Several homebound senior citizens in Butler County have been receiving a monthly activity box throughout the pandemic, aimed at keeping them engaged while at home.
The Butler County Agency on Aging distributes the boxes containing crafts, pegboard activities and puzzle booklets through a grant from the Administration for Community Living, which is expiring in September. The agency is looking for new ways to safely engage with senior citizens.
“We were very concerned when COVID hit, what the effects of the social isolation would do,” Agency on Aging administrator Beth Herold said. “Some of them are still scared to come into the centers, and really, we don't want the centers bursting at the seams right now anyway.”
The Agency on Aging provides human services to residents of Butler County over 60 years old. While senior centers in the county were closed for a period last year, the Agency on Aging has been hosting small activities since March.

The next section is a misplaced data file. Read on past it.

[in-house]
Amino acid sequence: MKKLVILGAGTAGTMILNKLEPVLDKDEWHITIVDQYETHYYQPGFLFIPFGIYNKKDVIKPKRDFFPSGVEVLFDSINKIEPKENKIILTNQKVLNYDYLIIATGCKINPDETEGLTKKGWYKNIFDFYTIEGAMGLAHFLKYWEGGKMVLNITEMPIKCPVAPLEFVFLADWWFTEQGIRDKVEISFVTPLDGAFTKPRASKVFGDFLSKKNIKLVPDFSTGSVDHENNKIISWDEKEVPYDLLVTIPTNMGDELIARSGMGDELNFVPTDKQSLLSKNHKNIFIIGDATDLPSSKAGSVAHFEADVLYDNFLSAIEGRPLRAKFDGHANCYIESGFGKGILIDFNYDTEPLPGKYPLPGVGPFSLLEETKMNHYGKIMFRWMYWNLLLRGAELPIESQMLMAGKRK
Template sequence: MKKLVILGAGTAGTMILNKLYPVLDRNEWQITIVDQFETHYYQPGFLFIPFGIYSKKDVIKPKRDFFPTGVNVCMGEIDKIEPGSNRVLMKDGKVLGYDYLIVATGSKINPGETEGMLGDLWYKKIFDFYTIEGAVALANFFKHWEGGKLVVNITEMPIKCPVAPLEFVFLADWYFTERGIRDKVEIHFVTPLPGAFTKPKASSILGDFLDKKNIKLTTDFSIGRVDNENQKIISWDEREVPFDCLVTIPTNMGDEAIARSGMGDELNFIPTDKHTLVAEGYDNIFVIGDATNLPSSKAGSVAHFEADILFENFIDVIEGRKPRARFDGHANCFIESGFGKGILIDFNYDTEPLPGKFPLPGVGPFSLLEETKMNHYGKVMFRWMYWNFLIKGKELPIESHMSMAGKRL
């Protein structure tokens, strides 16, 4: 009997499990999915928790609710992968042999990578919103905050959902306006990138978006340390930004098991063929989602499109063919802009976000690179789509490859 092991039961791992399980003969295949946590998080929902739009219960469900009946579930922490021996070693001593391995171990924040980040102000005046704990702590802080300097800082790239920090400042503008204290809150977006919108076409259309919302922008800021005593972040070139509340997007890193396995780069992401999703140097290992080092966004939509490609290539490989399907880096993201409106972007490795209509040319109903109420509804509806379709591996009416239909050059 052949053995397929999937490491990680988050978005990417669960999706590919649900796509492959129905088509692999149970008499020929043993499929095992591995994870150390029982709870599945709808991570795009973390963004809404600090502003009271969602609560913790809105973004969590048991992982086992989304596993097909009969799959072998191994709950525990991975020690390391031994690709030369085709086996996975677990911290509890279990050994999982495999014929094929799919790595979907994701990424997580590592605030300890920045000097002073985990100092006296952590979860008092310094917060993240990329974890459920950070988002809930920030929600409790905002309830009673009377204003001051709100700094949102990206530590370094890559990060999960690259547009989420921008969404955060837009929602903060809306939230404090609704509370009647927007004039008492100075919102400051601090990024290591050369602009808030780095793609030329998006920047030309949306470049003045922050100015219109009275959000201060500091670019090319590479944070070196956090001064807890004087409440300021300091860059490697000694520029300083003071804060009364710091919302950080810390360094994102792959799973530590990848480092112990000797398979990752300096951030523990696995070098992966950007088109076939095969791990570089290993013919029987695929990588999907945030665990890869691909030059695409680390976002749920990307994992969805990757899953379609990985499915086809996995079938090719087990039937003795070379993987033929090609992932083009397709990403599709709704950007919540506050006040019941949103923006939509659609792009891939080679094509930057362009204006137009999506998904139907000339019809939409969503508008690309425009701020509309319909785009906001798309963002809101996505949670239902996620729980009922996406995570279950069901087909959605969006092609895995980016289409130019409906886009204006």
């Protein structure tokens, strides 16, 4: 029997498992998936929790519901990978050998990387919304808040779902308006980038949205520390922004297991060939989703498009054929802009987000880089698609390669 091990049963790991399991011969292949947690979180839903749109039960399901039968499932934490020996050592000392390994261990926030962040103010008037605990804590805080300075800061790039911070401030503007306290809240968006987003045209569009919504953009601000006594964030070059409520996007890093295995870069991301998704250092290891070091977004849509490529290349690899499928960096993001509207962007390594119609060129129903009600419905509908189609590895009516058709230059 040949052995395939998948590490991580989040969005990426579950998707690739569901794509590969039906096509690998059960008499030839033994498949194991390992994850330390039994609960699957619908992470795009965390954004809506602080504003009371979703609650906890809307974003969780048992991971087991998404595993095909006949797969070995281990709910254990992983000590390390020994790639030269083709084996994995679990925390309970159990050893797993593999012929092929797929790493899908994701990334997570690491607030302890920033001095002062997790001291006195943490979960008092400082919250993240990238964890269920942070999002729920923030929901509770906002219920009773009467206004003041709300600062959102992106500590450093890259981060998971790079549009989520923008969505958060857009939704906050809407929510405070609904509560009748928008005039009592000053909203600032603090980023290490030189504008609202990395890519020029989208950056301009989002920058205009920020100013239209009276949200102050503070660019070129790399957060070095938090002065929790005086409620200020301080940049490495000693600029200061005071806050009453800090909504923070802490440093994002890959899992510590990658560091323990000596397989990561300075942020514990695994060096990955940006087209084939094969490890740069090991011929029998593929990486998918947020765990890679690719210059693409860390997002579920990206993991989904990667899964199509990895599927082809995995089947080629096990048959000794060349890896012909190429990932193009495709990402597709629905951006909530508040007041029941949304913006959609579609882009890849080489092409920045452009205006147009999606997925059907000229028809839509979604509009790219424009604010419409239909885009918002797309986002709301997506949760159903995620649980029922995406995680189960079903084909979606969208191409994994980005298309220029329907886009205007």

Herold said keeping seniors healthy is one of the main goals of the agency. One of the biggest needs it has been filling since last year comes in the form of grab-and-go meals, which are packs of food the center has been providing to about 200 senior citizens a day.
“Social Security and retirements have remained stagnant, but as food prices go up, a lot of times people have to make the decision to pay for their copay on medicines or buying food,” Herold said. “It just makes sense to provide those basic needs.”
In addition to providing meals, the agency also plans group activities that keep the social isolation at bay.
Brittany Gilfillan, senior center supervisor, said some members struggled with feelings of isolation during the pandemic. But the safety measures implemented by the centers allowed for more communication and contact.
“A lot of times the senior center is the only place these individuals come out to,” Gilfillan said.
The agency took senior citizens to the Butler Farm Show, and has activities planned for September.
Gilfillan said the temperature checks and encouragement to social distance may be long-standing policies in senior centers in a post-COVID world. She said some people are not happy with some of the policies, but others are happy the Agency on Aging is focusing on keeping them as safe as possible.
“We do have a good group who is thankful of the things we planned and things to come,” Gilfillan said.